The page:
Basic understanding of VLANs and how they work.
Defines the physical port of a piece of equipment.
Defines the default VLAN for traffic leaving a specified interface. Also referred to as Native Network, Parent VLAN. Untagged traffic will be tagged with this ID leaving the port.
A virtual network, creating logical separations within a switch. This allows for multiple broadcast domains on the switch.
L2 (layer 2).
Independent Broadcast Domain.
Configured with 802.1Q.
1is generally used as a management VLAN with no VLAN tags.
Integer number between
0-4095identifying a specific VLAN.
Concept used to denote ALL VLANS and untagged traffic. Typically used in defining trunks. If ALL is not used, then untagged traffic must be explicitly allowed.
Network packet that has already been tagged with the 802.1Q header, identifying that packet as being on a specific VLAN.
Network packet that does not have the 802.1Q header. This is standard network traffic. Also commonly referred to as the Native VLAN.
- Management VLAN
VLAN used for general management and adminstration; not typically for everyday data traffic. In common practice, the management VLAN is usually Untagged traffic to allow for unconfigured devices the ability to be connected to when added to the network. Some devices (like Ubiquiti) treat the Management VLAN, Untagged traffic, and Native VLAN as VLANID 1.
- Native VLAN
Synonym for Untagged. Standard network traffic to allow for unconfigured devices the ability to be connected to when added to the network. Some devices (like Ubiquiti) treat the Management VLAN, Untagged traffic, and Native VLAN as VLANID 1.
Used for upstream or downstream links between switches and routers. Accepts and forwards traffic on multiple VLANS, usually including Untagged traffic.
Basic VLAN Switch Concepts
VLANs allow you to ‘breakup’ a switch to effectively act as multiple switches by isolating the broadcast domain of traffic.
In this example, port 1 will see all traffic from all VLANS. ports 2 and 3 will only see traffic on VLAN 2, 4-6 sees only VLAN 3, 7-8 sees only VLAN4:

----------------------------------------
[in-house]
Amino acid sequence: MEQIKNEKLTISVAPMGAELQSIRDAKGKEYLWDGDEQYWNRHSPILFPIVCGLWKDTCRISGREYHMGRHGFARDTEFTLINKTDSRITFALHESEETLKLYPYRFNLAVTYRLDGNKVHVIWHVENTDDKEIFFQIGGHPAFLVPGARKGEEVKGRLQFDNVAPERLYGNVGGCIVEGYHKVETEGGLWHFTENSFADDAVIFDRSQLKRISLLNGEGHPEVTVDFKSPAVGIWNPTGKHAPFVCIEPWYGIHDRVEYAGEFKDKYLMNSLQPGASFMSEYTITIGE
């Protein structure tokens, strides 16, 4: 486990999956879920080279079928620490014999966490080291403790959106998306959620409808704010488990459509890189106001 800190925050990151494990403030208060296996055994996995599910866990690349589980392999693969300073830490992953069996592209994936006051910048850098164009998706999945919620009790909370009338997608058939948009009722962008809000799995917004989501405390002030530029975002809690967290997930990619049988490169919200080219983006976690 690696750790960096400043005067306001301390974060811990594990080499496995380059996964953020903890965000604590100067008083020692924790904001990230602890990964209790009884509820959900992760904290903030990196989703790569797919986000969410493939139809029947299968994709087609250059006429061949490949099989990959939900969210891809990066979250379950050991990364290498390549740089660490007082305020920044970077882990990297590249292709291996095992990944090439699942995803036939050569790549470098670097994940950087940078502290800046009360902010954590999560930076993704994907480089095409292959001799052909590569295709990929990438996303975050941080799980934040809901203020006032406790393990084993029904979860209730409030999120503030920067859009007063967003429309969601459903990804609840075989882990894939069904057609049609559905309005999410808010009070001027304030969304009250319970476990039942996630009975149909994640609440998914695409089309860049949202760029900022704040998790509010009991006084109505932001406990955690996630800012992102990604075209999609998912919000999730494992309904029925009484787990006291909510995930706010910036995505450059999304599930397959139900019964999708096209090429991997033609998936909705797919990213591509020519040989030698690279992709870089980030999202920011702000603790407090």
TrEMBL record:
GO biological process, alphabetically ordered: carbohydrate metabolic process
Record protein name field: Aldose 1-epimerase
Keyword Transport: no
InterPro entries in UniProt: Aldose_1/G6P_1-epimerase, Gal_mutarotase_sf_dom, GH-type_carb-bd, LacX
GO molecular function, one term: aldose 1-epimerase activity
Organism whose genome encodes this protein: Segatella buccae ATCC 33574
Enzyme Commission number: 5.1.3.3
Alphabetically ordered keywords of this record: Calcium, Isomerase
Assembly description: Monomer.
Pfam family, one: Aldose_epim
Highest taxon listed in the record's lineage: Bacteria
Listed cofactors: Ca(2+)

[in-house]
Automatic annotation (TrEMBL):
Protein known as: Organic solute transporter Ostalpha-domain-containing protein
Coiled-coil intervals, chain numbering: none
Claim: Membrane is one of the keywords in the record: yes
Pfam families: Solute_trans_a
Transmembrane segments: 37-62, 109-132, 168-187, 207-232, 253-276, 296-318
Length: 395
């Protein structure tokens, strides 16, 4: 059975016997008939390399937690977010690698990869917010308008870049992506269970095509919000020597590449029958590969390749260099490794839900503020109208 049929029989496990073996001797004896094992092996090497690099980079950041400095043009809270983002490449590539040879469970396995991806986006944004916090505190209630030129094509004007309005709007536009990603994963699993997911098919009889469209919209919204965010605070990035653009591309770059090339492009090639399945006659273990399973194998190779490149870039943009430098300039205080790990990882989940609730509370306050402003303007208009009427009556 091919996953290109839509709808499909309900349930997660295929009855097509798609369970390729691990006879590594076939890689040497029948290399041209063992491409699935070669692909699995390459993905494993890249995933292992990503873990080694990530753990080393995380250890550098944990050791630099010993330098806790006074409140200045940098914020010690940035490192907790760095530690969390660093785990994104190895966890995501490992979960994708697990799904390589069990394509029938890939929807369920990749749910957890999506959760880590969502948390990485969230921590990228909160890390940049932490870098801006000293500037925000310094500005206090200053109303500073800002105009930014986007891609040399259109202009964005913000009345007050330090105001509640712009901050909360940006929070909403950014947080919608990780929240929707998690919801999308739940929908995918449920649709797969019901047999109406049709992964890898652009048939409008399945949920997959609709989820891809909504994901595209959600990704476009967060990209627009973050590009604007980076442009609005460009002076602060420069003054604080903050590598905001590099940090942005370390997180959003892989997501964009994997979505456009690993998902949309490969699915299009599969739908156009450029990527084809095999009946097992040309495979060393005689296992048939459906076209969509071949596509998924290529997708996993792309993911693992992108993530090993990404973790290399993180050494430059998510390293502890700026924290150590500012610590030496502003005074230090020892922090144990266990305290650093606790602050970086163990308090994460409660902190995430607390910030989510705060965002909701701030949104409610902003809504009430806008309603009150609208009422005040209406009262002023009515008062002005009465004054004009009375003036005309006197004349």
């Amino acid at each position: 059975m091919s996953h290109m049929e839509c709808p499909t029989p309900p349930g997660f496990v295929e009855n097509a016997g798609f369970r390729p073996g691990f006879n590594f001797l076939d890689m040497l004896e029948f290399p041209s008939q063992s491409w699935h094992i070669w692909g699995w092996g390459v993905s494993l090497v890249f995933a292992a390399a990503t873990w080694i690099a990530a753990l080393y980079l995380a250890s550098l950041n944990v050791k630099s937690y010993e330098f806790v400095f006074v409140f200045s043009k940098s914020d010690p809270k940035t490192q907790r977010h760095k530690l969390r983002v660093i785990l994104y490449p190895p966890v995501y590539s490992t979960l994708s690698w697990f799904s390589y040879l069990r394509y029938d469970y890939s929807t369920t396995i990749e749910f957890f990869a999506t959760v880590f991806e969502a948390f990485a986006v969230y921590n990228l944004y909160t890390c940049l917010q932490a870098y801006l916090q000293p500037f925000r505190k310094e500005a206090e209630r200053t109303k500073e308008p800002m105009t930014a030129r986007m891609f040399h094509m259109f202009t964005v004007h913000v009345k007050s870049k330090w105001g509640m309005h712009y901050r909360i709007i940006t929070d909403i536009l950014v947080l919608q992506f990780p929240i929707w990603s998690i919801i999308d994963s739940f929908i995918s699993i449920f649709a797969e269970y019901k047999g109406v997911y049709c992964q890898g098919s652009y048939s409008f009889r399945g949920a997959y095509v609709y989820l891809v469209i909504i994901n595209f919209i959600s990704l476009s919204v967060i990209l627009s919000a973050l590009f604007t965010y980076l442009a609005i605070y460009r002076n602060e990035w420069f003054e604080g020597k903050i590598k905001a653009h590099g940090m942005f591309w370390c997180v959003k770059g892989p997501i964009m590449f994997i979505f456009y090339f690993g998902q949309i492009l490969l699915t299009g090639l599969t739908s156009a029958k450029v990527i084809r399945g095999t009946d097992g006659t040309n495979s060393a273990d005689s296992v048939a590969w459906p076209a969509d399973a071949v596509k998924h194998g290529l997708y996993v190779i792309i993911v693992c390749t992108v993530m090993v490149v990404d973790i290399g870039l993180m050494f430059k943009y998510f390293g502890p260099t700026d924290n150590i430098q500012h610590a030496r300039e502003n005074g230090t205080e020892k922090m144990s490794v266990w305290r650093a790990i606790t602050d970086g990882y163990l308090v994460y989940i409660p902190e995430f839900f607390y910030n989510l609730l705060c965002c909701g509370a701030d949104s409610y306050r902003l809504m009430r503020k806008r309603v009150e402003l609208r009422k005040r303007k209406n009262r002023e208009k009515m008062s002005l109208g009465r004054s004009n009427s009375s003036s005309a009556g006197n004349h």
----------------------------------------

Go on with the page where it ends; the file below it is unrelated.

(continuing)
The equivalent physical configuration looks something like:
Basic VLAN Port Concepts
Conceptualize VLANS as a way to filter traffic from either side of a port. It may also help to think of VLANs as ‘cables’ between switching devices.
VLANS are NOT SUBNETS. A VLAN may transmit multiple subnets of traffic as long as those packets are tagged appropriately and are physically enforced at the hardware/server level. Subnets are defined farther up in the networking stack, typically in software. Generally you’ll see one subnet per VLAN.
Standard device on a port
Untagged traffic from a device will be untagged exiting the port if ALL networks are allowed:
Untagged traffic from a device will be tagged with the PIF VLAN if it is explicitly defined:
Untagged traffic will be allow through the port to the device if ALL networks are allowed:
Traffic must be tagged with the PIF VLAN for it to reach the device:
Unifi APs transmit both tagged and untagged data at the same time.
Tagged: AP data. If configured, AP data is explicitly tagged with a VLAN before leaving the device.
Untagged: AP Management Interface. By default the management interface is exposed with untagged traffic (Management VLAN,
VLAN 1); to make adoption easier. In newer versions you can configure the management VLAN to a custom VLAN.
Fundamental concepts about VLANS need to be clarified before proceeding. VLANS allow the separation of networks on the phyiscal switch level (L2/L3); which can be thought of as applying switch-level filters to prevent specific traffic from ever hitting network ports.
Important things to note:
Ports will have a default or PVIF. This is the default VLAN traffic will be tagged with, if no tags are present. If you connect a bunch of computers to a switch, and plug that switch into this port, they will all behave as though they are on the default or PVIF network.
Ports will typically have an additional set of VLANS that are allowed. Traffic using these VLANS needs to be pre-tagged with VLAN IDs to be allowed through. Untagged traffic will be tagged with the default VLAN.
Trunks aggregate traffic together, used to push traffic upstream to another device. Trunk configurations should be the same set of VLANS on both ends in most cases. Trunks connecting directly to the router should generally contain all VLANS, while Trunks downstream should only specify VLANS that are actually used or needed on those devices. It my be helpful to look at the leaf nodes first and work your way back to prevent VLANS inadvertently being dropped on the way to the router.
Set a spare port on switches for Management VLAN access so you can locally manage devices if something goes wrong.
You need to understand your current network and layout a plan for how the traffic should work on VLANS. Generally VLANs segregate traffic based on type; e.g. wifi, iot, servers, desktops, etc.